Report • 16.02.2011
Analysis and projection automate inventory flow
Empty shelves are just as bad as non-saleable surplus. That’s why commercial enterprises place ever stronger demands on logistics. Ordering times are shortened. At the same time, retailers are trying to better forecast future demand of products by implementing analysis and forecasting software. The starting point however is a working inventory management. The goal is an automation of ordering processes as extensively as possible.“
The modernization of an existing IT landscape is not easy. This is illustrated for instance by the Lunar-project by Edeka. The members of the cooperative have already spent more than 200 million Euros for the IT standardization based on SAP. They have worked for several years on this project. Other retailers are also dealing with drawn-out IT projects.
But IT is not just a question of software and hardware. Oftentimes new IT projects are tied to drastic changes in one’s own organization. It also depends on the employees who are intended to use the new support. Today such an in-house change is called “change process“. You need to motivate your employees, so that they don’t experience this change from the familiar as an abrupt upheaval. It is about the love for learning versus the fear of something new.
Small specialty retailers have a much tougher time with this. They are experts of their products, but they are not IT specialists. But they are aware that they cannot keep up with today’s competition with their 10 or 20 year old solutions. They realize that they need to invest. They know this, but they don’t know how to do it, because for the most part they don’t have an IT department at their own store. Some have “home-made“ solutions which reach their limits.
In-house solution or standard software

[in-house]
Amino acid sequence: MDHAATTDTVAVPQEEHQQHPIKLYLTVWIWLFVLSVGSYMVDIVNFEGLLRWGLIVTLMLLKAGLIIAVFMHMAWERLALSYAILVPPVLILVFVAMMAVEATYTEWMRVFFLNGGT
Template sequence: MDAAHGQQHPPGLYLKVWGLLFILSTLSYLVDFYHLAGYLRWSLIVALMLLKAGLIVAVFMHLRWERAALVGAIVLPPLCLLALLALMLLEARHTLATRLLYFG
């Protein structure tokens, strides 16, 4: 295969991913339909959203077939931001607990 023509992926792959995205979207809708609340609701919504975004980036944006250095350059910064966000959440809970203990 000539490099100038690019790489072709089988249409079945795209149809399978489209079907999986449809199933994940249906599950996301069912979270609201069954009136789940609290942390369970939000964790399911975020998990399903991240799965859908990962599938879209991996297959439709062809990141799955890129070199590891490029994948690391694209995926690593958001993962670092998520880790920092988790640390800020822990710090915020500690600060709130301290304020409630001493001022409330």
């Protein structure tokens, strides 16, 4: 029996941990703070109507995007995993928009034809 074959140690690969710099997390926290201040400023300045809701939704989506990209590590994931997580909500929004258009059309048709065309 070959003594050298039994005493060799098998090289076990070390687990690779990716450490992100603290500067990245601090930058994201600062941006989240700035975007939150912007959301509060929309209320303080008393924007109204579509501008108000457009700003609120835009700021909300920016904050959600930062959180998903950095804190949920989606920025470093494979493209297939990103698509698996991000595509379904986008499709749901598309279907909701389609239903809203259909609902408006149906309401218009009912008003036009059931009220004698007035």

Those who have their own in-house solutions depend on someone being in their store to be proficient in it. External assistants often find it difficult to see through these patterns. In light of this, it’s not surprising that lately more and more retailers choose standard software they have adapted to their store. Standard software already has interfaces to all trade relevant IT systems, so that an integrated IT landscape is created. Many retailers believe however that particularly for them some special features need to absolutely be incorporated into their software. And this works just like at a car dealership: extras cost extra.
Is it cheaper to adapt the software to a company or to adapt the company to the software? The answer is not an easy one. Programs certainly can be changed much easier. Those whose processes deviate considerably from standard solutions should ask themselves whether their own structures are still current. After all, standard solutions are not inflexible cookie-cutter offers. The service providers continuously adapt them to the conditions in the particular industry sector. The conditions – those are the average requirements of the clients.
Inventory management is the basis